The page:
I needed a pair of pants that could go through all the motions with me—something sturdy that could go from a styling job to a fitting to a DJ set.
What has been the most challenging part of that whole process?
Manufacturing has been really hard. It is expensive and confusing. Financing is probably the hardest because I’ve self-financed the entire brand. I DJ and I style as my main source of income. I make cool money but then I literally pour all of it back into this brand. That’s scary. We started with custom, you know, you order and I’ll make it, and then we moved into making 30 units, 100 units, and now we’re dropping like 700 units of this 50/50 pant. It’s so frightening. I went to art school and don’t have much experience in business so I’ve been I’m reading all these books etc. to learn as much as I can, I just got an accountant. But I’m basically full winging it, learning from my mistakes and praying the W’s are bigger than the L’s. I think fear is maybe my biggest fuel if you can use it in the right way. But it is scary, and of course, I’m scared to fail. But I have to remind myself that “failing” isn’t real if you learn something from it. If you just continue to learn from all your mistakes, you’ll end up with a W. Turn those Ls into Ws.
What is it like, working as a female business owner in a male-dominated industry?
It’s very difficult, I’m not gonna lie to you, but it is not the end of the world. Women have always had to navigate through a male-dominated world and I think it is actually getting easier overall because of the internet. The conversation is moving forward and that in itself is a huge step toward equality. This shit doesn’t happen overnight. Two things I would want to change to make it easier for women in mostly male-dominated industries is I want to see more women supporting each other and I want to see men genuinely including and collaborating with women. I often feel when men do want to include or help me they have ulterior motives. A lot of guys also tell me I don’t make unisex clothing, that I am a woman and it is women’s clothing. Men who are very close to me even tell me this. It is hilarious because our mold was a men’s work pant. It is the exact SAME silhouette. Anyway, I try to not let it phase me. It is interesting because when people don’t know I am a woman, TR is often included in male-dominated spaces. We recently got an email to be a full men’s trade show. In Japan, we’re only in men’s stores, they think we are a men’s brand. When I first started the brand I considered not telling anyone who owned the brand so people wouldn’t automatically assume it’s a woman’s brand because I am a woman. People who are pushing a futuristic new wave of thinking, they really get us and fuck with us. I have created a subculture that people fuck with. Young kids hit me up all the time. That’s what matters to me. Helping the next generation be better. And if you don’t think I should be here, that just makes me wanna be here even more. Let’s go.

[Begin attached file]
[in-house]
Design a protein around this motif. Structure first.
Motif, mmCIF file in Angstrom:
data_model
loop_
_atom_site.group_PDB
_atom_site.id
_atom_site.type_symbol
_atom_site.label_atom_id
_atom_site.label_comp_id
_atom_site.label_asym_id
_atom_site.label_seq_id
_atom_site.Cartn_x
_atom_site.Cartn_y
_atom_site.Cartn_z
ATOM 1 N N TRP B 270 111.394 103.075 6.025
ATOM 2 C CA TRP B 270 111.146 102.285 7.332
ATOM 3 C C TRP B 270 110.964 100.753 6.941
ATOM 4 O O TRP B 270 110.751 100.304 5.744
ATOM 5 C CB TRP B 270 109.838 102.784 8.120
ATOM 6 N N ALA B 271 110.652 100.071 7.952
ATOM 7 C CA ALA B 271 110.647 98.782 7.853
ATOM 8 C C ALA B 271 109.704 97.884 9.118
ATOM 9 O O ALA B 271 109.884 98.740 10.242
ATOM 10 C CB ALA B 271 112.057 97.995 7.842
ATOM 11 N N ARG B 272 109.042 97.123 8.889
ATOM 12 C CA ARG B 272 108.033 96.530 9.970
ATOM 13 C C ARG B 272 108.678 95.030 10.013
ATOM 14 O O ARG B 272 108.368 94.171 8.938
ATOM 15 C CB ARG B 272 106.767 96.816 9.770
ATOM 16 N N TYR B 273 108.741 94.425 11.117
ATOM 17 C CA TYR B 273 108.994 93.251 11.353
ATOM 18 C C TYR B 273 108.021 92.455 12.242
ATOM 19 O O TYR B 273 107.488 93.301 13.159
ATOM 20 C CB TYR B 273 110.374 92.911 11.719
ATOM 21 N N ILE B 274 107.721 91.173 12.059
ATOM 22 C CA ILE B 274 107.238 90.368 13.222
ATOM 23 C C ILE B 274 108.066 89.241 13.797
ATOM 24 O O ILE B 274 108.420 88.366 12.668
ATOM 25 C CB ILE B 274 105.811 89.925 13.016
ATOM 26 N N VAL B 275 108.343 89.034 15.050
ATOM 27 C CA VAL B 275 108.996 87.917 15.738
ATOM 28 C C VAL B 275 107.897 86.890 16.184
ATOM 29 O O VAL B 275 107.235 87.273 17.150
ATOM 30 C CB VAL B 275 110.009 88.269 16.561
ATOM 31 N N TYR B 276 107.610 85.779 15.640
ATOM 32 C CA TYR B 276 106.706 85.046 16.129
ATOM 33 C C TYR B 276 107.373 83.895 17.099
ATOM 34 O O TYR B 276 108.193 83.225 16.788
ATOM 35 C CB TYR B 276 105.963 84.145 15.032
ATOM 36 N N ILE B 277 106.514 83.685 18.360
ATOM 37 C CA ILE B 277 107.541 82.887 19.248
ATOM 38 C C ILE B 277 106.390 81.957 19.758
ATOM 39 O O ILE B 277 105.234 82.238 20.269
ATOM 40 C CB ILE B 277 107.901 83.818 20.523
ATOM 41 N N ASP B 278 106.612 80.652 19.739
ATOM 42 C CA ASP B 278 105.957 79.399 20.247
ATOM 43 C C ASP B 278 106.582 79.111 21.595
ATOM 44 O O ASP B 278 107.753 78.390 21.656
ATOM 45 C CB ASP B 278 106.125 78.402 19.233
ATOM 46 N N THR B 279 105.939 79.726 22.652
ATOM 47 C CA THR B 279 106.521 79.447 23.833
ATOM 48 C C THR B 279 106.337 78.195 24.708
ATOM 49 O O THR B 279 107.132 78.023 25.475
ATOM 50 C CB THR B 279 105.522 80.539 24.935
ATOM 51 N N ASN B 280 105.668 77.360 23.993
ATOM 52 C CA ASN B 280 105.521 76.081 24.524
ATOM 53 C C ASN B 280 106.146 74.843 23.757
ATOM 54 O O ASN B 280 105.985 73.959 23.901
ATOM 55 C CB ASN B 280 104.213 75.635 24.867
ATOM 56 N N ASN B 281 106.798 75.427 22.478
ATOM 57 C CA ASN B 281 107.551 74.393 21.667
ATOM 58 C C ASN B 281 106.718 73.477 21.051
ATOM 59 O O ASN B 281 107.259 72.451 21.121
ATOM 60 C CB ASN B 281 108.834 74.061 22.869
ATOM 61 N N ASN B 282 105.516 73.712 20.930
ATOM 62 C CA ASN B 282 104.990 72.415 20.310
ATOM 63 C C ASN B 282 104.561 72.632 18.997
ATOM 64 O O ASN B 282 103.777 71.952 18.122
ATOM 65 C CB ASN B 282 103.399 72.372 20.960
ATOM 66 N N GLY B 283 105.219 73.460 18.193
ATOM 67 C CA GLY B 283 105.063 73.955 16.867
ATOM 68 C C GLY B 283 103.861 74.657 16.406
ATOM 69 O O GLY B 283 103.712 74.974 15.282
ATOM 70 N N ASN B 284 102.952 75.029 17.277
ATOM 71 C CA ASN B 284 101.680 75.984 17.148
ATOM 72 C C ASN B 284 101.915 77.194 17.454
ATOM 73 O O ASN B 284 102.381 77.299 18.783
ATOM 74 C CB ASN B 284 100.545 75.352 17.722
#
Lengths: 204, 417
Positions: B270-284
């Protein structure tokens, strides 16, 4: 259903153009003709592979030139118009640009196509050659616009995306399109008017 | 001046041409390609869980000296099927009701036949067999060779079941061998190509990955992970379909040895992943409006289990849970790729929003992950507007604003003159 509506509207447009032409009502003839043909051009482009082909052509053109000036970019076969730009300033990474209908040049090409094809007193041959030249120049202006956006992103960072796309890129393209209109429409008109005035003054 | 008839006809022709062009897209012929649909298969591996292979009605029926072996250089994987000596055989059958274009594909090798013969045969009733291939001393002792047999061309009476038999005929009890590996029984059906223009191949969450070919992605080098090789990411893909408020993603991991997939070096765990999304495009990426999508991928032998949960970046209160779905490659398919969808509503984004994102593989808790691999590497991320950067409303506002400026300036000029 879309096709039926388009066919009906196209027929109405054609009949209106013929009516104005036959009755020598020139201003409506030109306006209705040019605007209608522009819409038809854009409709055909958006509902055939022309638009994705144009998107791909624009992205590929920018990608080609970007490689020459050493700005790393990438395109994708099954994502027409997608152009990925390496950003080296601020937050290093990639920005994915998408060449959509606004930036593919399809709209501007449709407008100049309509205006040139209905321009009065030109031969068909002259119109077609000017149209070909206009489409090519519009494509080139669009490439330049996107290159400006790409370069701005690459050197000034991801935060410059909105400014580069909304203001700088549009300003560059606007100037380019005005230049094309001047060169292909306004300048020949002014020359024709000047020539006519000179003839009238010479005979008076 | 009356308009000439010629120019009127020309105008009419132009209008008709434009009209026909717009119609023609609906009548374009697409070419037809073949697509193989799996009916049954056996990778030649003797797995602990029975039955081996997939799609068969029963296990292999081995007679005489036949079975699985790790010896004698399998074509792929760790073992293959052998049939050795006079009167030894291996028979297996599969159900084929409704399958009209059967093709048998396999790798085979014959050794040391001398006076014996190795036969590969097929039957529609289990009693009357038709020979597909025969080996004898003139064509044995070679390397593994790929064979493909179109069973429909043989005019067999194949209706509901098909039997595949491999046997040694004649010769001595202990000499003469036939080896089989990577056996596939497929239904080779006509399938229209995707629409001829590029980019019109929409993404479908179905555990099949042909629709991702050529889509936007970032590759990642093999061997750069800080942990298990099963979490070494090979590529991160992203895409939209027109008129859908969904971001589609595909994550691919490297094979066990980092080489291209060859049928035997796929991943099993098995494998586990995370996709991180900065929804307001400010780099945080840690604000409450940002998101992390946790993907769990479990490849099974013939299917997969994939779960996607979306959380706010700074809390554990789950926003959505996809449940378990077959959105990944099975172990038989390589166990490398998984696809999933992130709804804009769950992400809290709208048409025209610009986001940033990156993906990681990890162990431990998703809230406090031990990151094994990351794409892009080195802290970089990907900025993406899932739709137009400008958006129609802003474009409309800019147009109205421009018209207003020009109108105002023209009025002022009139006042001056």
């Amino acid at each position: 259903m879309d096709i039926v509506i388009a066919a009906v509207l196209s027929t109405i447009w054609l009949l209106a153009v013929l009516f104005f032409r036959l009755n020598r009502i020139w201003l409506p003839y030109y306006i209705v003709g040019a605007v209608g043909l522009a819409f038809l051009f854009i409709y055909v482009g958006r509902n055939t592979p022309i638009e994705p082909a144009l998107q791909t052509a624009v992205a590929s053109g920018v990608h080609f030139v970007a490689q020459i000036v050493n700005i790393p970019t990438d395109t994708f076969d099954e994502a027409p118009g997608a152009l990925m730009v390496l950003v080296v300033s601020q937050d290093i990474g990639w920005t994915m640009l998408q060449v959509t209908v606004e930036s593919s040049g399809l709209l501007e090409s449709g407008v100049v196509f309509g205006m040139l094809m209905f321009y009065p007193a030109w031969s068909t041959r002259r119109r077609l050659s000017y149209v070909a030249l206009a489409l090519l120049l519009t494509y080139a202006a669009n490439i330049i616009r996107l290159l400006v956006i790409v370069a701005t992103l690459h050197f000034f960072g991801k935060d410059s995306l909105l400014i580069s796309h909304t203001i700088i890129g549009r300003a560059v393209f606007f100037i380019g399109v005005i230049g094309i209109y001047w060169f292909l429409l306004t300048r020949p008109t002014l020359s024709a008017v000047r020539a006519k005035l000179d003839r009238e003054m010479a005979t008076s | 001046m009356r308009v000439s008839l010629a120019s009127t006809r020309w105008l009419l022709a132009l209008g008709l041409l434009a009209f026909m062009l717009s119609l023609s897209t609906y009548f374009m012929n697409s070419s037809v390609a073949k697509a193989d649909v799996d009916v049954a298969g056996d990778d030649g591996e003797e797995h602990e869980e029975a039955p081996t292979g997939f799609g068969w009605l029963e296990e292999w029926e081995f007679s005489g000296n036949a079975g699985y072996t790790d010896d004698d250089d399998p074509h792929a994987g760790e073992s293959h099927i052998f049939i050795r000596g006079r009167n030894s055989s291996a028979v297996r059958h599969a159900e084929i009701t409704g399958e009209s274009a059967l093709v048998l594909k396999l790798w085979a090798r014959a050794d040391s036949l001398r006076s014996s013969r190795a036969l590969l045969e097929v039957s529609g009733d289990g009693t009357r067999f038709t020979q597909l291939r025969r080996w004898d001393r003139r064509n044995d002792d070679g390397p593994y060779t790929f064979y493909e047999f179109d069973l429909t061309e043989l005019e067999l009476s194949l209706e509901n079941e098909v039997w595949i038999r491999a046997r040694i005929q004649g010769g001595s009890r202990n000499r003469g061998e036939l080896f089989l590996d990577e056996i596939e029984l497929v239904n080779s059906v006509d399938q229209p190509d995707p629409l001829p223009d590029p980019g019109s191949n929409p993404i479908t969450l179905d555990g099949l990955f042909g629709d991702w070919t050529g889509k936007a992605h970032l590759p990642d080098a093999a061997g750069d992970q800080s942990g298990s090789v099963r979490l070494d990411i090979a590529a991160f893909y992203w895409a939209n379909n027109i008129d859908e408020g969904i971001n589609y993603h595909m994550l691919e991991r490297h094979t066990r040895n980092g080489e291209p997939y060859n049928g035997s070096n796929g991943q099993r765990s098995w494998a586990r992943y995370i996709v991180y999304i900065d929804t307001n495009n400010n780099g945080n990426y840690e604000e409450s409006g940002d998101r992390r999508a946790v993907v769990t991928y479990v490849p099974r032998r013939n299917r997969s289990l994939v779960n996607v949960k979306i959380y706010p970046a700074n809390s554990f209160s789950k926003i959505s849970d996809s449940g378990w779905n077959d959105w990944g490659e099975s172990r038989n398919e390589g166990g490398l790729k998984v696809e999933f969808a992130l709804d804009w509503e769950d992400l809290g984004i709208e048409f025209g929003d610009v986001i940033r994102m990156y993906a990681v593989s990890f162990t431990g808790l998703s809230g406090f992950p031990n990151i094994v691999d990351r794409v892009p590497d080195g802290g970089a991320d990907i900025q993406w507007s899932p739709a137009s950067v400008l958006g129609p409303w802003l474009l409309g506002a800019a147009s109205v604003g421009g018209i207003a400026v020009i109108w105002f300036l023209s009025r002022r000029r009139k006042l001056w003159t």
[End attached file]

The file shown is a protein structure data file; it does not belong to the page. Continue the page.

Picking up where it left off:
Stay tuned to Milk for more streetwear brands we love.